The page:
The Board affirmed a Section 2(d) refusal to register the mark shown below for various types of pillows, finding a likelihood of confusion with the mark UNO in standard character form, for “office furniture, namely, seating.” Applicant contended that is mark “is so stylized that the respective marks have a different appearance and commercial impression,” but the Board was not impressed. In re Unclesign Co., Ltd., Serial No. 88123168 (April 20, 2020) [not precedential] (Opinion by Judge David K. Heasley).

 

The Marks: Applicant argued that its mark “goes far beyond mere variation of ‘font style, size, or color’ to also include a complex and abstracted interconnectedness that forms a unique design of its own.” The Board, however, pointed to several prior decisions finding “highly stylized marks with interconnected letters similar to standard character marks for the same words:” e.g., the “Lite” and “Essentials” cases.

Moreover, Applicant stated in its application that its mark “consists of the word ‘UNO’ in stylized font.” The mark is presented with a mark drawing code of “5,” indicating that it is stylized, with no
design feature. See TMEP § 807.18 (“marks comprising stylized letters and/or numerals with no design feature are coded as mark drawing code 5”).

In short, prior decisions “reflect the fundamental principle that identical words typically dominate differences in style and design between marks.” And so the Board found the marks to be “at least virtually identical in appearance, sound, connotation, and commercial impression.”

The Goods: Examining Attorney Joshua M. Galante relied on third-party Internet evidence showing that chairs and pillows are offered at the same retail websites and in the same channels of trade. The Board noted that when the marks at issue are “virtually identical,” a lesser degree of similarity between the goods is necessary to support a finding of likely confusion.

It is true, as Applicant notes, that the Examining Attorney’s channels-of-trade evidence encompasses both office and household goods, but as the website evidence indicates, office chairs are appropriate for both home and business offices. And we would be blind indeed if we did not note the inexorable movement of late, born of necessity, toward home offices.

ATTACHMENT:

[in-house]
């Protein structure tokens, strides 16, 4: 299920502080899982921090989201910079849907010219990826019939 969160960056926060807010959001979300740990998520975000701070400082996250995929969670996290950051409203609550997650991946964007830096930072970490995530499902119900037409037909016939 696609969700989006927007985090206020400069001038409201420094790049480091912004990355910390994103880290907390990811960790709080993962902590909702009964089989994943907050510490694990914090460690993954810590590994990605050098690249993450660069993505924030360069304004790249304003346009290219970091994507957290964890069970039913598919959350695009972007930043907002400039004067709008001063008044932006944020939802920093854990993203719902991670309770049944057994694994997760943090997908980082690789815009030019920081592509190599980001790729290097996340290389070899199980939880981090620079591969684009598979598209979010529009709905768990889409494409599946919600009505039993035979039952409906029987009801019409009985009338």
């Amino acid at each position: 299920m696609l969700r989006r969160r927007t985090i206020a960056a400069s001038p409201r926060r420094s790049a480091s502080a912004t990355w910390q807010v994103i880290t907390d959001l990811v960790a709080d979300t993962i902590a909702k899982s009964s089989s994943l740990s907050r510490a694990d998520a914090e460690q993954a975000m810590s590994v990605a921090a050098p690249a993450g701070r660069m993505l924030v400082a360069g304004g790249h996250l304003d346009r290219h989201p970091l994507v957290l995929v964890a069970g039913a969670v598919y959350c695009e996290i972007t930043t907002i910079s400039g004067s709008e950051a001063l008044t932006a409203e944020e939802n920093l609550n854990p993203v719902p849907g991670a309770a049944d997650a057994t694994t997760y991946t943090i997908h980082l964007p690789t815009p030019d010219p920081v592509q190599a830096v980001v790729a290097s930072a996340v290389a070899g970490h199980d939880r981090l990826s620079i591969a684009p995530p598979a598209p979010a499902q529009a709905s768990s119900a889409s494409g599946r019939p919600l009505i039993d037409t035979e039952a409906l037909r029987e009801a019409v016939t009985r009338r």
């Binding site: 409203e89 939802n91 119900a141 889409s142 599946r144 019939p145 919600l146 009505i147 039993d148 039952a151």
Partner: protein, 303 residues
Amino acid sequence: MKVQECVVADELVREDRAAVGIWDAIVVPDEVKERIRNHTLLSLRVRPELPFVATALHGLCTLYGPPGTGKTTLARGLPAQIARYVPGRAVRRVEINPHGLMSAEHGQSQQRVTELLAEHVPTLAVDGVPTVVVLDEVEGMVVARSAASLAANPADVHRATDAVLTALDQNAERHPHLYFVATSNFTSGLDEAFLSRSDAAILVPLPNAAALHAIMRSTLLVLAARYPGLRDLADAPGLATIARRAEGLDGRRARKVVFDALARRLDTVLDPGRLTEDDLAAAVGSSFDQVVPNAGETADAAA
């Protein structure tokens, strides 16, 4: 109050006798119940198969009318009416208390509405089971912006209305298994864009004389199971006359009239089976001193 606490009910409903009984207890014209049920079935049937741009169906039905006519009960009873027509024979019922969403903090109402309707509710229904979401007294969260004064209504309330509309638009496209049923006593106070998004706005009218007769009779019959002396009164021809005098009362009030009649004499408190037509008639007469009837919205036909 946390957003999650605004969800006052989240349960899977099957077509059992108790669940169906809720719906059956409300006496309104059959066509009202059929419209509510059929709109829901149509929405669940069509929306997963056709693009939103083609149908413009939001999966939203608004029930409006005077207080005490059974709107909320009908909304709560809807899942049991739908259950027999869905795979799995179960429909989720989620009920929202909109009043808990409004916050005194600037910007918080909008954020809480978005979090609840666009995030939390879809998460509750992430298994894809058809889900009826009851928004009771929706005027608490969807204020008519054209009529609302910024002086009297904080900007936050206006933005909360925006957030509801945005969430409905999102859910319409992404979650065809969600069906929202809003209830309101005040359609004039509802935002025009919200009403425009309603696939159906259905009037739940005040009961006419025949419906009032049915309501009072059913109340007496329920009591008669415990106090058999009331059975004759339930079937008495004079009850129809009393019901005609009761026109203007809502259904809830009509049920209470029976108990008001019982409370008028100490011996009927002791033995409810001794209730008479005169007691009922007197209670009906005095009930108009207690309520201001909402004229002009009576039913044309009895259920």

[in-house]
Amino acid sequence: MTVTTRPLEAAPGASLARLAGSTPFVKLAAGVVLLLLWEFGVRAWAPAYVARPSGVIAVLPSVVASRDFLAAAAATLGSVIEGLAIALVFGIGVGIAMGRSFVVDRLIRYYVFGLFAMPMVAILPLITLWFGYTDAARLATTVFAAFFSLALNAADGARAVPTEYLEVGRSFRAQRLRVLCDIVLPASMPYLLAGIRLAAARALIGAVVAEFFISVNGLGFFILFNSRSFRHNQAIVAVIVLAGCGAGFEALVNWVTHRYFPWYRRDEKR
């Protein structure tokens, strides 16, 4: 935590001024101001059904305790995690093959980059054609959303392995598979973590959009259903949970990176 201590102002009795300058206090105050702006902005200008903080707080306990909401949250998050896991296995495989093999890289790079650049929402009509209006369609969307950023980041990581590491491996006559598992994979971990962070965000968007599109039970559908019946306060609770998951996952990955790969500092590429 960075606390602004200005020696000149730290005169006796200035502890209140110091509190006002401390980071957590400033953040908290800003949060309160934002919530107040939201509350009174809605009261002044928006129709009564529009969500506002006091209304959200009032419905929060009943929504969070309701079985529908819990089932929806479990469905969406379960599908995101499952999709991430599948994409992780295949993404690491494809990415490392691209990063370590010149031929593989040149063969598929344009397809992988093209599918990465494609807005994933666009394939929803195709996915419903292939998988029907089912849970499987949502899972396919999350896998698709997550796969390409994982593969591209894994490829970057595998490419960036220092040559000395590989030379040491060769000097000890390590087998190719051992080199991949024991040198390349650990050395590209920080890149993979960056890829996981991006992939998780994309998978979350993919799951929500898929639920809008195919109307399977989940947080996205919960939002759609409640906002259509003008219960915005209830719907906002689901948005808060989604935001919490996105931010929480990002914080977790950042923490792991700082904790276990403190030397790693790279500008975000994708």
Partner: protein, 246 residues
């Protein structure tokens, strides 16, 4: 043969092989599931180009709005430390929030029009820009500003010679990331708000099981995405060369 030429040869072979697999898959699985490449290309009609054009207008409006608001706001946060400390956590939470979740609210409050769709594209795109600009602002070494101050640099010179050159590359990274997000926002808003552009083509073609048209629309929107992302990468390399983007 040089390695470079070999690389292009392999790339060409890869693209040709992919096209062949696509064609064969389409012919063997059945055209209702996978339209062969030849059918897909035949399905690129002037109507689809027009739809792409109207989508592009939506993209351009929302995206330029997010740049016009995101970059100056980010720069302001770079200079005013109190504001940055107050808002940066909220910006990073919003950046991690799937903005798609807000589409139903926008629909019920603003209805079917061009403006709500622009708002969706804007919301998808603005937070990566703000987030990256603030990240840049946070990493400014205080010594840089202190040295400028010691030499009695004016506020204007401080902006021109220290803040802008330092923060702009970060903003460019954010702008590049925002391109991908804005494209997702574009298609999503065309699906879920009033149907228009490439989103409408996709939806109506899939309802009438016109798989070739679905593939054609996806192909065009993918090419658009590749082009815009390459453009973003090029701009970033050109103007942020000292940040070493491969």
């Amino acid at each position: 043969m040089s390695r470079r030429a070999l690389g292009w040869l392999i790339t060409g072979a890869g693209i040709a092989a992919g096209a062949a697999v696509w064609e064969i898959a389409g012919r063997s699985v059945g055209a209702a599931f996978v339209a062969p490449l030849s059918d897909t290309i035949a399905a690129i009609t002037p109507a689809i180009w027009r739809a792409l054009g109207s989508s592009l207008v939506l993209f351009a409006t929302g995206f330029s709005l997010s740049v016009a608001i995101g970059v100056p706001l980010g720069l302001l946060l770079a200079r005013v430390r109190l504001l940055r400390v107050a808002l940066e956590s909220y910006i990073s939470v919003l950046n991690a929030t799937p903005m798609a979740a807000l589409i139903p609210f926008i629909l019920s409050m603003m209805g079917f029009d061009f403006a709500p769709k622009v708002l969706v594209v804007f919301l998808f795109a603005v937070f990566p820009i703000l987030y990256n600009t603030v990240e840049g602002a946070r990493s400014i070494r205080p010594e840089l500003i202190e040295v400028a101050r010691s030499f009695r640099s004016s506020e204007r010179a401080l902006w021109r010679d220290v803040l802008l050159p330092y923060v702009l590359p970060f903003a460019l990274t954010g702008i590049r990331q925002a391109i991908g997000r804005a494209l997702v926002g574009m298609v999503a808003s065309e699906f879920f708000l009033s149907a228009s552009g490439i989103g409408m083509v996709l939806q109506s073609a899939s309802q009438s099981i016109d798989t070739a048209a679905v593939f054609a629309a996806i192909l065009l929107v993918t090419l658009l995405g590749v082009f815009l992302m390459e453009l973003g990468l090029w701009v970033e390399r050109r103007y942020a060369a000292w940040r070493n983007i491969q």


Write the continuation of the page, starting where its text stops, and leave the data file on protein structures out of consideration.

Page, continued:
Conditions of Purchase: Applicant argued that office furniture buyers are “sophisticated” and will exercise care in their purchases and would be readily able to distinguish between “an office chair and a travel pillow.”

However, the issue is not whether purchasers would confuse the goods, but whether there is a likelihood of confusion as to the source of the goods.” In re Aquitaine Wine, 126 USPQ2d at 1188. “[W]ith identical or similar marks used on such goods, even a careful, sophisticated consumer of these goods is likely to believe that the goods emanate from a common source. *** In other words, even careful purchasers who do notice the difference in the marks will not ascribe it to differences in the source of the goods, but will see the marks as variations of each other, pointing to a single source.”

Moreover, the standard of care that the Board must apply is “that of the least sophisticated purchaser.” Stone Lion Capital Partners v. Lion Capital, 110 USPQ2d at 1163. There is no limitation in the subject application as to price or quality, and so “there is no reason to infer that their purchasers will be particularly discriminating or careful.”

Third-party Marks: Applicant claimed that the mark UNO weak and diluted, pointing to five registered marks containing the word “UNO” in the furniture field, but the Board found that “these registrations do not dilute the strength of Registrant’s mark or narrow its scope of protection so much as to permit registration of Applicant’s mark.” Mere registrations without marketplace evidence of use are entitled to little weight. Applicant’s other third-party evidence was “a far cry from the large quantum of evidence in Juice Generation.

Actual Confusion: Applicant asserted that there has been no actual confusion, but the Board noted that:

Generally, in an ex parte proceeding a lack of evidence of actual confusion carries little weight, because the cited registrant is not a party to the proceeding and the typical contentions of the applicant’s witnesses, to the effect that they are not aware of any instances of actual confusion, tell only one side of the story and are often uncorroborated. See In re Majestic Distilling Co., 315 F.3d. 1311, 65 USPQ2d 1201, 1205 (“we agree with the Board that Majestic’s uncorroborated statements of no known instances of actual confusion are of little evidentiary value.”)

Moreover the evidence did not establish the extent to which the involved goods overlap in the marketplace, and so the Board could not gauge the opportunity for confusion to have occurred.

Conclusion: Finding confusion likely, the Board affirmed the refusal.

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TTABlogger comment: Maybe application should have limited its goods to travel pillows?

Text Copyright John L. Welch 2020.